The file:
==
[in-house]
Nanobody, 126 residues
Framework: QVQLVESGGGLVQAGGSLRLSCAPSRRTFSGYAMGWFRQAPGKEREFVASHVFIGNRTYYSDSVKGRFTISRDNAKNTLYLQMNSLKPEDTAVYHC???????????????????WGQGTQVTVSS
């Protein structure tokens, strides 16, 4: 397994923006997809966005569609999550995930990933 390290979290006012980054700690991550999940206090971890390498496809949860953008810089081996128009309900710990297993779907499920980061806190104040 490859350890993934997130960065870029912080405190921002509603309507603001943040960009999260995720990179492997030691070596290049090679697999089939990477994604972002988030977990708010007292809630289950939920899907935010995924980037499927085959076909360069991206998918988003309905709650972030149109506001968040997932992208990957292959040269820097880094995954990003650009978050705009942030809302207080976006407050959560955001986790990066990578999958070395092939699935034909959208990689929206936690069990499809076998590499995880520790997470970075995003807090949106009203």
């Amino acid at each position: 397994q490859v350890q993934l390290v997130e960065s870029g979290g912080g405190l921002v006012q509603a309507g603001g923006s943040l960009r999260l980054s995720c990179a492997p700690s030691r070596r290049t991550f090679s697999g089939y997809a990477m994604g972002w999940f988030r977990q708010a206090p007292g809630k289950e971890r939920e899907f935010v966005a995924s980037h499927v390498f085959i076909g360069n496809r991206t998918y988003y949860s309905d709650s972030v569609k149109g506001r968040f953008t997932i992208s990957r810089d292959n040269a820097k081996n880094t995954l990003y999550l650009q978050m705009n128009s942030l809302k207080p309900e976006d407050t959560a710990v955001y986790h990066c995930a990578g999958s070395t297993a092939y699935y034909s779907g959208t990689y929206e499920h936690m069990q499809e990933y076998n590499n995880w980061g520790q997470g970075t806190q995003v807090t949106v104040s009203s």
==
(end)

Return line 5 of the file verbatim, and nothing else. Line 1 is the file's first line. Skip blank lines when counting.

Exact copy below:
């Amino acid at each position: 397994q490859v350890q993934l390290v997130e960065s870029g979290g912080g405190l921002v006012q509603a309507g603001g923006s943040l960009r999260l980054s995720c990179a492997p700690s030691r070596r290049t991550f090679s697999g089939y997809a990477m994604g972002w999940f988030r977990q708010a206090p007292g809630k289950e971890r939920e899907f935010v966005a995924s980037h499927v390498f085959i076909g360069n496809r991206t998918y988003y949860s309905d709650s972030v569609k149109g506001r968040f953008t997932i992208s990957r810089d292959n040269a820097k081996n880094t995954l990003y999550l650009q978050m705009n128009s942030l809302k207080p309900e976006d407050t959560a710990v955001y986790h990066c995930a990578g999958s070395t297993a092939y699935y034909s779907g959208t990689y929206e499920h936690m069990q499809e990933y076998n590499n995880w980061g520790q997470g970075t806190q995003v807090t949106v104040s009203s």